A federal judge in Washington, D.C., granted an injunction on Monday that will block the Trump administration from shutting down TikTok.
There are now two injunctions preventing the administration from disabling the popular short-form video service. A judge in Philadelphia ordered a similar injunction on Oct. 30, in response to a suit brought by three TikTok creators.
The Trump administration has been trying to shutter the app since August, when President Trump declared that that its ties to China pose a national security risk, and that the app could be used to spread Chinese propaganda. The Commerce Department issued an order in September that would have blocked new downloads of the app. Another series of orders, initially set to take effect in November, would have barred hosting services and others from supporting the app, which would have disabled it for existing users.
TikTok sued, and U.S. District Judge Carl Nichols granted an injunction that prevented the download ban from taking effect.
In the latest ruling, Nichols also enjoined enforcement of the remaining provisions. In the ruling, Nichols found that TikTok had shown it would suffer irreparable harm if the order were allowed to take effect.
“Functionally shutting down TikTok in the United States would, of course, have the immediate and direct effect of driving all existing and potential users to alternative platforms and eroding TikTok’s competitive position,” Nichols wrote. “In fact, TikTok has proffered unrebutted evidence that uncertainty in TikTok’s future availability has already driven, and will continue to drive, content creators and fans to other platforms.”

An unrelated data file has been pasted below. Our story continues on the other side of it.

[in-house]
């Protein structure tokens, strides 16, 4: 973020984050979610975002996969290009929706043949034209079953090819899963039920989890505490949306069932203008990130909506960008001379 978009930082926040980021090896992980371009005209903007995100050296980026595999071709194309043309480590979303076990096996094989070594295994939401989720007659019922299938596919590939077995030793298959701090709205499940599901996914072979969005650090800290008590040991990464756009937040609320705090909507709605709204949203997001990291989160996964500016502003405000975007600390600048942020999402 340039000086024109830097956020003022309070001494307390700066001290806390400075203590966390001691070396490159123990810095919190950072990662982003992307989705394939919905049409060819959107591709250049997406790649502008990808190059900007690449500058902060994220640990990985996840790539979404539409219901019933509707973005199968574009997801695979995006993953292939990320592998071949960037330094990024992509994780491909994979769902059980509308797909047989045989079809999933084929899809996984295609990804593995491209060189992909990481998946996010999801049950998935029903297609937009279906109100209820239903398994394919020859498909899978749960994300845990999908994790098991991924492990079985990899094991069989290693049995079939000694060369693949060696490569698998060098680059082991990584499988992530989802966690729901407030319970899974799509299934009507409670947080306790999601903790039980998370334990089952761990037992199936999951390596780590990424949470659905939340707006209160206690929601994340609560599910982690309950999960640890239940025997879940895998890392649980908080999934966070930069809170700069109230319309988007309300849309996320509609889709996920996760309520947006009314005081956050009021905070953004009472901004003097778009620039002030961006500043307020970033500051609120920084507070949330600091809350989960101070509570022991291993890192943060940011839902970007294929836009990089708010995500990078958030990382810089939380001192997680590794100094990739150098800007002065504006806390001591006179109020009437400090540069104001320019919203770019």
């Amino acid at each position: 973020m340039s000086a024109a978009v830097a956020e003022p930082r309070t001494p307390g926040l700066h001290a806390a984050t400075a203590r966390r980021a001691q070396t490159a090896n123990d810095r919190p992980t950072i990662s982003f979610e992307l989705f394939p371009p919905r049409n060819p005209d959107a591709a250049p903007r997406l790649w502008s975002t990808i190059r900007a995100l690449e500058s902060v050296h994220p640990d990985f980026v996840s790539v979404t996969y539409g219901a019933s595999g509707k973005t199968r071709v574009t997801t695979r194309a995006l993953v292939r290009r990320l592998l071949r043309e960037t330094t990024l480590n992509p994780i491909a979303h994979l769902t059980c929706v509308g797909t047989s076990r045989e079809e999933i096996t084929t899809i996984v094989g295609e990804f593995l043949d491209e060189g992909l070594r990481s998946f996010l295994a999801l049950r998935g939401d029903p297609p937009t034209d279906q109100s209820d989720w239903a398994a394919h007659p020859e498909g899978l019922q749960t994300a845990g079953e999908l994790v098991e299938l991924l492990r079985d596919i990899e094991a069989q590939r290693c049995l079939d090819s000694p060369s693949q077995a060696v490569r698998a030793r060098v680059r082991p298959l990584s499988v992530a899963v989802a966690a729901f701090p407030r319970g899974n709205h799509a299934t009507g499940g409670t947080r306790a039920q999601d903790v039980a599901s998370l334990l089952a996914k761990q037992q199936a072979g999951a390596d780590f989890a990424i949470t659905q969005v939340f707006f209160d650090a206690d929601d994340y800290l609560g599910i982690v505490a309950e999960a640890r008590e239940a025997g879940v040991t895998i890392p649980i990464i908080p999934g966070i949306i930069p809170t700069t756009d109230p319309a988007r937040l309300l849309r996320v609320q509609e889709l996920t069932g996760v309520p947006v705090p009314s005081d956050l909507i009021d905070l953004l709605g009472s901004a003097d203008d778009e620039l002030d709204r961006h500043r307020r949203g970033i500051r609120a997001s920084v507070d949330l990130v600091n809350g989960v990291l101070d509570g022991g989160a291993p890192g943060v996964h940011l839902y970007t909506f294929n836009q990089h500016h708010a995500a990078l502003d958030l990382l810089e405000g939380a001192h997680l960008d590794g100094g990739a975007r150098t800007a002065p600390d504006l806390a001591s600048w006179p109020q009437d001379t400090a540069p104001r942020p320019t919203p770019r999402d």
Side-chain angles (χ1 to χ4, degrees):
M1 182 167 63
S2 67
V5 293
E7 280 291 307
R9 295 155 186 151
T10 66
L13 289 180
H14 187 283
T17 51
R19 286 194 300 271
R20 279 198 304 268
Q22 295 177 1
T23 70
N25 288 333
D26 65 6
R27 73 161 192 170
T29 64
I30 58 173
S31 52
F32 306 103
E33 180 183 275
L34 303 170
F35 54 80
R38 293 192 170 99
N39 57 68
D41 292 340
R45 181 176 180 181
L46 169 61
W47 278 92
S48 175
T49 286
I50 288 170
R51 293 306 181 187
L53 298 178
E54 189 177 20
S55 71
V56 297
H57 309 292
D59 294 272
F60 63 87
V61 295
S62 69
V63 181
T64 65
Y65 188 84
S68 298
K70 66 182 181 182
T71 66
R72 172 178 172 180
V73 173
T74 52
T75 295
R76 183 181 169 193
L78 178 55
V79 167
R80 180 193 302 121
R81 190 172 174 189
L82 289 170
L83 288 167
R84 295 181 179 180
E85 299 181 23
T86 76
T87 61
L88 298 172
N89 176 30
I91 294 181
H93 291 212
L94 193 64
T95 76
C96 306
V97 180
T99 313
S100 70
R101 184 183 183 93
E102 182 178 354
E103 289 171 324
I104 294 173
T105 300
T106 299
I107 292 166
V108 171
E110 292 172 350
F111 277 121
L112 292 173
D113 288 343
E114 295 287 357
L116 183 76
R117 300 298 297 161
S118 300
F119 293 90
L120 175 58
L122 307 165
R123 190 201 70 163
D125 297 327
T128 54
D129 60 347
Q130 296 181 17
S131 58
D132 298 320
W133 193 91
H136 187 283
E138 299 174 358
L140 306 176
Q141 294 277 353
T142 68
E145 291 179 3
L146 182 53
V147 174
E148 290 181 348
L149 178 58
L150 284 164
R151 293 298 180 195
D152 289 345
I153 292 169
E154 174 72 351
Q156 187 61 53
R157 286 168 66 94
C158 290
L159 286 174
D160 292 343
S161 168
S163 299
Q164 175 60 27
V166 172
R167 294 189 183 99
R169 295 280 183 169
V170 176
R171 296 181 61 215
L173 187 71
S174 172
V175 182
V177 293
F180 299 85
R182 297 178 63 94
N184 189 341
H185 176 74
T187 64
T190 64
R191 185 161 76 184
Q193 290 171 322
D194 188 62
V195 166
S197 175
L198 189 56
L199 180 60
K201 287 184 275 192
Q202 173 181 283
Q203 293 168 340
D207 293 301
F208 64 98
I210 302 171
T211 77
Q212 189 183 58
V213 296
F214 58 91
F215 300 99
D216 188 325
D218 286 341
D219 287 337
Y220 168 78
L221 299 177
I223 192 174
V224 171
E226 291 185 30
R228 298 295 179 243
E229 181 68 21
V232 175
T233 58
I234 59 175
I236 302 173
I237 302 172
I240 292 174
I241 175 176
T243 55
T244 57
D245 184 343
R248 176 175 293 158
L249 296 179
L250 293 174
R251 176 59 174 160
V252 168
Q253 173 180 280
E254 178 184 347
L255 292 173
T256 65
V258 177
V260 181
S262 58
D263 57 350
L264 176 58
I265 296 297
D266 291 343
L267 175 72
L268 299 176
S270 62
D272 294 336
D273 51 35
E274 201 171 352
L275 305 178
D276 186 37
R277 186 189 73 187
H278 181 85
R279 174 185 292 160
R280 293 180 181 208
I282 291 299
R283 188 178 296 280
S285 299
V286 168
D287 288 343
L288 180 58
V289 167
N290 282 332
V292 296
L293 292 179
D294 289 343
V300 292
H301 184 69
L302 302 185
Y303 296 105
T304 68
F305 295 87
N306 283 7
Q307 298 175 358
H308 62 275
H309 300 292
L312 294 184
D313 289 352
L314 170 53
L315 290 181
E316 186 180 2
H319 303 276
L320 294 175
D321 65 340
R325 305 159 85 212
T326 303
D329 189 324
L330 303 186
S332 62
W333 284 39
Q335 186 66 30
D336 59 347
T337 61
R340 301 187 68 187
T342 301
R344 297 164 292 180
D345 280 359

The Commerce Secretary invoked a 1977 law, the International Emergency Economic Powers Act, in seeking to shut down TikTok. But the judge noted that the law does not give the government the authority to regulate personal communication.
“Plaintiffs have established that the government likely exceeded IEEPA’s express limitations as part of an agency action that was arbitrary and capricious,” the judge wrote.
The government has already appealed the ruling in the Philadelphia case.
The Trump administration has also sought to force TikTok’s parent, ByteDance, to divest the company. ByteDance struck a deal to divest the company to an entity with Walmart and Oracle holding a 20% stake. But the deal remains in limbo, and TikTok has also gone to court to try to block the government’s divestment order.